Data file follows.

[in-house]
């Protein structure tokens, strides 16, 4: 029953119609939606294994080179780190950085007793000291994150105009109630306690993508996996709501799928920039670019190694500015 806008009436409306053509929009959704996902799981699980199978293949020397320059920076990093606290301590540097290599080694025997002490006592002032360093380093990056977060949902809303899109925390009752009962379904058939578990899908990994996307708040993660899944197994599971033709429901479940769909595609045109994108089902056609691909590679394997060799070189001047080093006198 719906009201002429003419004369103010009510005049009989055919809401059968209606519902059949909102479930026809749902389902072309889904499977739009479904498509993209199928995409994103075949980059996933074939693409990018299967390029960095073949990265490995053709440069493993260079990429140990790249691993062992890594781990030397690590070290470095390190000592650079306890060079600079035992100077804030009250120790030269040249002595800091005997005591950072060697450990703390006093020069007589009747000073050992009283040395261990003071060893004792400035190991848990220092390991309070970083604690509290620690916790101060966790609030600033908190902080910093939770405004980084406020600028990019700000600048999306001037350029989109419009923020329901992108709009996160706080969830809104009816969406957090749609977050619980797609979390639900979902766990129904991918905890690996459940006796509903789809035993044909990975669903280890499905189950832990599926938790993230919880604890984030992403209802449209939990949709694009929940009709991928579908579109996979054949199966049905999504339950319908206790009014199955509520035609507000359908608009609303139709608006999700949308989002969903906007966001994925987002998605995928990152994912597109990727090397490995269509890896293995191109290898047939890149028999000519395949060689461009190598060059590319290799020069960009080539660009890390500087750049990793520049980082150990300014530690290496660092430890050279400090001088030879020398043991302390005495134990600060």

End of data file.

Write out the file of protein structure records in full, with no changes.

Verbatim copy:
[in-house]
């Protein structure tokens, strides 16, 4: 029953119609939606294994080179780190950085007793000291994150105009109630306690993508996996709501799928920039670019190694500015 806008009436409306053509929009959704996902799981699980199978293949020397320059920076990093606290301590540097290599080694025997002490006592002032360093380093990056977060949902809303899109925390009752009962379904058939578990899908990994996307708040993660899944197994599971033709429901479940769909595609045109994108089902056609691909590679394997060799070189001047080093006198 719906009201002429003419004369103010009510005049009989055919809401059968209606519902059949909102479930026809749902389902072309889904499977739009479904498509993209199928995409994103075949980059996933074939693409990018299967390029960095073949990265490995053709440069493993260079990429140990790249691993062992890594781990030397690590070290470095390190000592650079306890060079600079035992100077804030009250120790030269040249002595800091005997005591950072060697450990703390006093020069007589009747000073050992009283040395261990003071060893004792400035190991848990220092390991309070970083604690509290620690916790101060966790609030600033908190902080910093939770405004980084406020600028990019700000600048999306001037350029989109419009923020329901992108709009996160706080969830809104009816969406957090749609977050619980797609979390639900979902766990129904991918905890690996459940006796509903789809035993044909990975669903280890499905189950832990599926938790993230919880604890984030992403209802449209939990949709694009929940009709991928579908579109996979054949199966049905999504339950319908206790009014199955509520035609507000359908608009609303139709608006999700949308989002969903906007966001994925987002998605995928990152994912597109990727090397490995269509890896293995191109290898047939890149028999000519395949060689461009190598060059590319290799020069960009080539660009890390500087750049990793520049980082150990300014530690290496660092430890050279400090001088030879020398043991302390005495134990600060």